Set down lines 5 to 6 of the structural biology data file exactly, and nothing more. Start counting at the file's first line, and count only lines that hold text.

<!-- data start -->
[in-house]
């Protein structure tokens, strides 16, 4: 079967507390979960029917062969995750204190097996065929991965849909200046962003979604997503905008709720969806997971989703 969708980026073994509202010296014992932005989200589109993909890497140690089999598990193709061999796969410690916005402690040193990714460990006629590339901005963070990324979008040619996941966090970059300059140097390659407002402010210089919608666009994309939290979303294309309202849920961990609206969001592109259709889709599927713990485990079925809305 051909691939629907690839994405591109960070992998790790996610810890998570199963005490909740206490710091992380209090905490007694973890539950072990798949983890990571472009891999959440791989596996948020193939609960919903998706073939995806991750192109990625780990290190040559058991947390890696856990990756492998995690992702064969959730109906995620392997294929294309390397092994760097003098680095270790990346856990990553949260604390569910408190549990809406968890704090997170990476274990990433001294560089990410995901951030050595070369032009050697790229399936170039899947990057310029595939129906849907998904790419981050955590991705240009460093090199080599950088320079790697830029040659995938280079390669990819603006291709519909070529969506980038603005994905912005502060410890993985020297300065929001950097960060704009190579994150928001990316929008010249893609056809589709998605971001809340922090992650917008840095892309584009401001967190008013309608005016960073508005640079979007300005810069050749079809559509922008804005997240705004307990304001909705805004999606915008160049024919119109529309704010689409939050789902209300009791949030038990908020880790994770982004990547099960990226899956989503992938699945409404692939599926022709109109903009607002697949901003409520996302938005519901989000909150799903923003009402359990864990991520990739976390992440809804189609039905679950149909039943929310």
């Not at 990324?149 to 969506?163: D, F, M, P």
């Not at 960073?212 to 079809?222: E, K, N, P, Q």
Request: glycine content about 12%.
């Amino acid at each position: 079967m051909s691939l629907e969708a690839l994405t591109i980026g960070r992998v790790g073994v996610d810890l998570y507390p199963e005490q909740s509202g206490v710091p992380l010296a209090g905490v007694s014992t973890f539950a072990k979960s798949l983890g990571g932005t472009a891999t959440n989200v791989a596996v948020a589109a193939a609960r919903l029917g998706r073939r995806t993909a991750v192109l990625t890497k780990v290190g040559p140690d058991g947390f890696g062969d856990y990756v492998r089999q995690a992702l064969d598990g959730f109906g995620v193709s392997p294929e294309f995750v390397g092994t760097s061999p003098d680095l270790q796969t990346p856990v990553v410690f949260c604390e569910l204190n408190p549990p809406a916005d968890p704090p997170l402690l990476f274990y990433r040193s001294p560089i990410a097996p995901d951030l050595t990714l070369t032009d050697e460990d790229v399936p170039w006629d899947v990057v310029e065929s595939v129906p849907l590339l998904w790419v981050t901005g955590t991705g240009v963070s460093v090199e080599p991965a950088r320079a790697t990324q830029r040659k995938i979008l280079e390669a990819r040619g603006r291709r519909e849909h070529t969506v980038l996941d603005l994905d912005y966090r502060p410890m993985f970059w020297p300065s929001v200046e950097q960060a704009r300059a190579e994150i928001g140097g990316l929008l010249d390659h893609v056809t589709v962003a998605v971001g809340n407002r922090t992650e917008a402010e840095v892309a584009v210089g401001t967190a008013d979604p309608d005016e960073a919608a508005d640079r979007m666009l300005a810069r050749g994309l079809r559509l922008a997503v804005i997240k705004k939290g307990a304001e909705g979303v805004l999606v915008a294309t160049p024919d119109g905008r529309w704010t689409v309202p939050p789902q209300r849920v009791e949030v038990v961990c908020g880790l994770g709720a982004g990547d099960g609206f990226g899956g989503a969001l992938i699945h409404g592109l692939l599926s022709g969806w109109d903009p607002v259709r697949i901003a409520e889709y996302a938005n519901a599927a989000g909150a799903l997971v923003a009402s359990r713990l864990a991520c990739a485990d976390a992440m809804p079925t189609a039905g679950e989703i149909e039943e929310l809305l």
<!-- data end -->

Request: glycine content about 12%.
């Amino acid at each position: 079967m051909s691939l629907e969708a690839l994405t591109i980026g960070r992998v790790g073994v996610d810890l998570y507390p199963e005490q909740s509202g206490v710091p992380l010296a209090g905490v007694s014992t973890f539950a072990k979960s798949l983890g990571g932005t472009a891999t959440n989200v791989a596996v948020a589109a193939a609960r919903l029917g998706r073939r995806t993909a991750v192109l990625t890497k780990v290190g040559p140690d058991g947390f890696g062969d856990y990756v492998r089999q995690a992702l064969d598990g959730f109906g995620v193709s392997p294929e294309f995750v390397g092994t760097s061999p003098d680095l270790q796969t990346p856990v990553v410690f949260c604390e569910l204190n408190p549990p809406a916005d968890p704090p997170l402690l990476f274990y990433r040193s001294p560089i990410a097996p995901d951030l050595t990714l070369t032009d050697e460990d790229v399936p170039w006629d899947v990057v310029e065929s595939v129906p849907l590339l998904w790419v981050t901005g955590t991705g240009v963070s460093v090199e080599p991965a950088r320079a790697t990324q830029r040659k995938i979008l280079e390669a990819r040619g603006r291709r519909e849909h070529t969506v980038l996941d603005l994905d912005y966090r502060p410890m993985f970059w020297p300065s929001v200046e950097q960060a704009r300059a190579e994150i928001g140097g990316l929008l010249d390659h893609v056809t589709v962003a998605v971001g809340n407002r922090t992650e917008a402010e840095v892309a584009v210089g401001t967190a008013d979604p309608d005016e960073a919608a508005d640079r979007m666009l300005a810069r050749g994309l079809r559509l922008a997503v804005i997240k705004k939290g307990a304001e909705g979303v805004l999606v915008a294309t160049p024919d119109g905008r529309w704010t689409v309202p939050p789902q209300r849920v009791e949030v038990v961990c908020g880790l994770g709720a982004g990547d099960g609206f990226g899956g989503a969001l992938i699945h409404g592109l692939l599926s022709g969806w109109d903009p607002v259709r697949i901003a409520e889709y996302a938005n519901a599927a989000g909150a799903l997971v923003a009402s359990r713990l864990a991520c990739a485990d976390a992440m809804p079925t189609a039905g679950e989703i149909e039943e929310l809305l």